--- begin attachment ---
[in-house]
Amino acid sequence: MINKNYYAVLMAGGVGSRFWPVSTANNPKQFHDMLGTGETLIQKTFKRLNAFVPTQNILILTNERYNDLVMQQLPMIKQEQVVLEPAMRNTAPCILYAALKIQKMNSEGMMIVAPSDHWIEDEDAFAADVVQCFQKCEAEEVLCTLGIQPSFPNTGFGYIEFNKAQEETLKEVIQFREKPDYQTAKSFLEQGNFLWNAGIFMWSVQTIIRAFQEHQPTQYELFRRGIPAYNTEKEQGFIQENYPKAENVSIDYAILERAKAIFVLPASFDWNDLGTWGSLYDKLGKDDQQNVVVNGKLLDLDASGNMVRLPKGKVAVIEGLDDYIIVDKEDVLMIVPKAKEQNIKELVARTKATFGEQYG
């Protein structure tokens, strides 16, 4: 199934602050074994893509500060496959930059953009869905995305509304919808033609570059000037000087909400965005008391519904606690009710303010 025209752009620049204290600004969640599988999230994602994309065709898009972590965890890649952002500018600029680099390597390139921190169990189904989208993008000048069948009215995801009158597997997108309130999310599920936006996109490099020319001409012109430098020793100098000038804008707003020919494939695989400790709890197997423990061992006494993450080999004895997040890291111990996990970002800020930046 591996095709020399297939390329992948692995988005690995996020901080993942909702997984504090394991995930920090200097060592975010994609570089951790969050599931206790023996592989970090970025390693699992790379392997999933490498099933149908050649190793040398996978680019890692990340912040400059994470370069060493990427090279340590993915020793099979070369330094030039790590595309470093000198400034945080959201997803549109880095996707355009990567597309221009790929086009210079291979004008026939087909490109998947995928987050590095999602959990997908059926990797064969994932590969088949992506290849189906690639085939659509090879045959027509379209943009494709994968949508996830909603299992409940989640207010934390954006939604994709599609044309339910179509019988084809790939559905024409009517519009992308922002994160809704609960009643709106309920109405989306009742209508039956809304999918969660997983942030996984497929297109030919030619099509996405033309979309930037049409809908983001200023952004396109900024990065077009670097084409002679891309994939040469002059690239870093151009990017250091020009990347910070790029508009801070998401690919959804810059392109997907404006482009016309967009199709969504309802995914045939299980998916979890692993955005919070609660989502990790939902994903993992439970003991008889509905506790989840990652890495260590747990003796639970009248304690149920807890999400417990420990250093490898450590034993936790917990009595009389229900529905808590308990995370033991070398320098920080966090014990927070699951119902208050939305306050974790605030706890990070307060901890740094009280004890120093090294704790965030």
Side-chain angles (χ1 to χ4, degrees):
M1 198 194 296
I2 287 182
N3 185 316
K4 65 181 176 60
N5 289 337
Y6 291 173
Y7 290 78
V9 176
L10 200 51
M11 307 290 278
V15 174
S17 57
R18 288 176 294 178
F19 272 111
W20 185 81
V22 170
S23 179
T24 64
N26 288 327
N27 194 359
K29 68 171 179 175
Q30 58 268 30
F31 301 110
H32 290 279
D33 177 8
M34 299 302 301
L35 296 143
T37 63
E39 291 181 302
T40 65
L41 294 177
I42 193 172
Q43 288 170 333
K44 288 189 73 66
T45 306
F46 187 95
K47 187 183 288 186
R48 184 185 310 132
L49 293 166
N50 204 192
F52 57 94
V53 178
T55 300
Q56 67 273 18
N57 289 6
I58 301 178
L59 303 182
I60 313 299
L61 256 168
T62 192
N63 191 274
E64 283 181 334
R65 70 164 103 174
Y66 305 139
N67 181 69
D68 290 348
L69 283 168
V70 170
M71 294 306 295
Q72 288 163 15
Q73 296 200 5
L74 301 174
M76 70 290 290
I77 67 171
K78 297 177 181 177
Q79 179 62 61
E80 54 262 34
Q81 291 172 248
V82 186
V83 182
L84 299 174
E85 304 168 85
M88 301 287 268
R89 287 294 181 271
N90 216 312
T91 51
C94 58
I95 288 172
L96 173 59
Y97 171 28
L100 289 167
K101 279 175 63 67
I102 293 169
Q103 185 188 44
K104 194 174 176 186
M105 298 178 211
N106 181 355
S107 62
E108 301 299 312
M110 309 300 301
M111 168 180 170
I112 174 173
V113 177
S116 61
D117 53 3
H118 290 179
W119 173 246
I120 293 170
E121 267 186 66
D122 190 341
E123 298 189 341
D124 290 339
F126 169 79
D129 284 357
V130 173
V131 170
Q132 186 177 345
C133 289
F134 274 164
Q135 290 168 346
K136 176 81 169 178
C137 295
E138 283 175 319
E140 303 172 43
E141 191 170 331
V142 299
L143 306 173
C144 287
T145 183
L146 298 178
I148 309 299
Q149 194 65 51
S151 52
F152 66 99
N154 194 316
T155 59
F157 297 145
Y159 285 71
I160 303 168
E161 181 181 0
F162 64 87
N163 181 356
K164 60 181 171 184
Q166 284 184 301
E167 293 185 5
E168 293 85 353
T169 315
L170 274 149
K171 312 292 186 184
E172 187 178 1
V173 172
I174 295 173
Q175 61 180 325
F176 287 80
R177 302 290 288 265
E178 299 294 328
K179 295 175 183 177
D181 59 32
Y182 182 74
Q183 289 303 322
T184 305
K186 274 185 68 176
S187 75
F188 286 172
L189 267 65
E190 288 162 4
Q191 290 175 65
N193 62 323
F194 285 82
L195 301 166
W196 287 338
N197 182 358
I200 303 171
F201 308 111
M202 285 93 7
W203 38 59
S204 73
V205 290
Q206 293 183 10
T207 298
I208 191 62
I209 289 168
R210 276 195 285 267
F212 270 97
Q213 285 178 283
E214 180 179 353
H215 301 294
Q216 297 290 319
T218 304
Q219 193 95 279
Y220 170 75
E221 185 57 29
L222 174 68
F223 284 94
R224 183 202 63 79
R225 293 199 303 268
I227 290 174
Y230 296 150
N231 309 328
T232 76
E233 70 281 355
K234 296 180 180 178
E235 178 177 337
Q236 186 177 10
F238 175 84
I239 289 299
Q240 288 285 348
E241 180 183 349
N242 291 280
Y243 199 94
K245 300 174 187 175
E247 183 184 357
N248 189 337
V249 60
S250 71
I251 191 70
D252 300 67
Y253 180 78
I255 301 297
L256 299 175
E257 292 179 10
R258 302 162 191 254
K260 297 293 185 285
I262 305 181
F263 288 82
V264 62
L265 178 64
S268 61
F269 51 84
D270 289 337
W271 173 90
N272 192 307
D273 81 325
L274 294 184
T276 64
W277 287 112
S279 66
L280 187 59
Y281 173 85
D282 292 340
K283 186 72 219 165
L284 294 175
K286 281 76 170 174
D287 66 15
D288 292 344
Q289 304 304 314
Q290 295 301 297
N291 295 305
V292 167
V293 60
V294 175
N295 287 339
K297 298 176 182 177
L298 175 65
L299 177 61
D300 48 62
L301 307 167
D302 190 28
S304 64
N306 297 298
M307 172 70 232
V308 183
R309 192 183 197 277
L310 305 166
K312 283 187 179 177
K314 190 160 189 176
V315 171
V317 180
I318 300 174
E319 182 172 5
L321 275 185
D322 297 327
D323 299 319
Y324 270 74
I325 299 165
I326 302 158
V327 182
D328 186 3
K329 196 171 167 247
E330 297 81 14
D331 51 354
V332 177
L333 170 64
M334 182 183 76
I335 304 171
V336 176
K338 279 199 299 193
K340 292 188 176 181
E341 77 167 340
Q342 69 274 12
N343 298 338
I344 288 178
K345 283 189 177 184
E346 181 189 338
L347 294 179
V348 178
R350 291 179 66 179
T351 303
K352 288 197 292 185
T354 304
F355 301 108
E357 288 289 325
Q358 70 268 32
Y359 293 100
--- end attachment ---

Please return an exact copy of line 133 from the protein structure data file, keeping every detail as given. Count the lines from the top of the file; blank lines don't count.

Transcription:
I160 303 168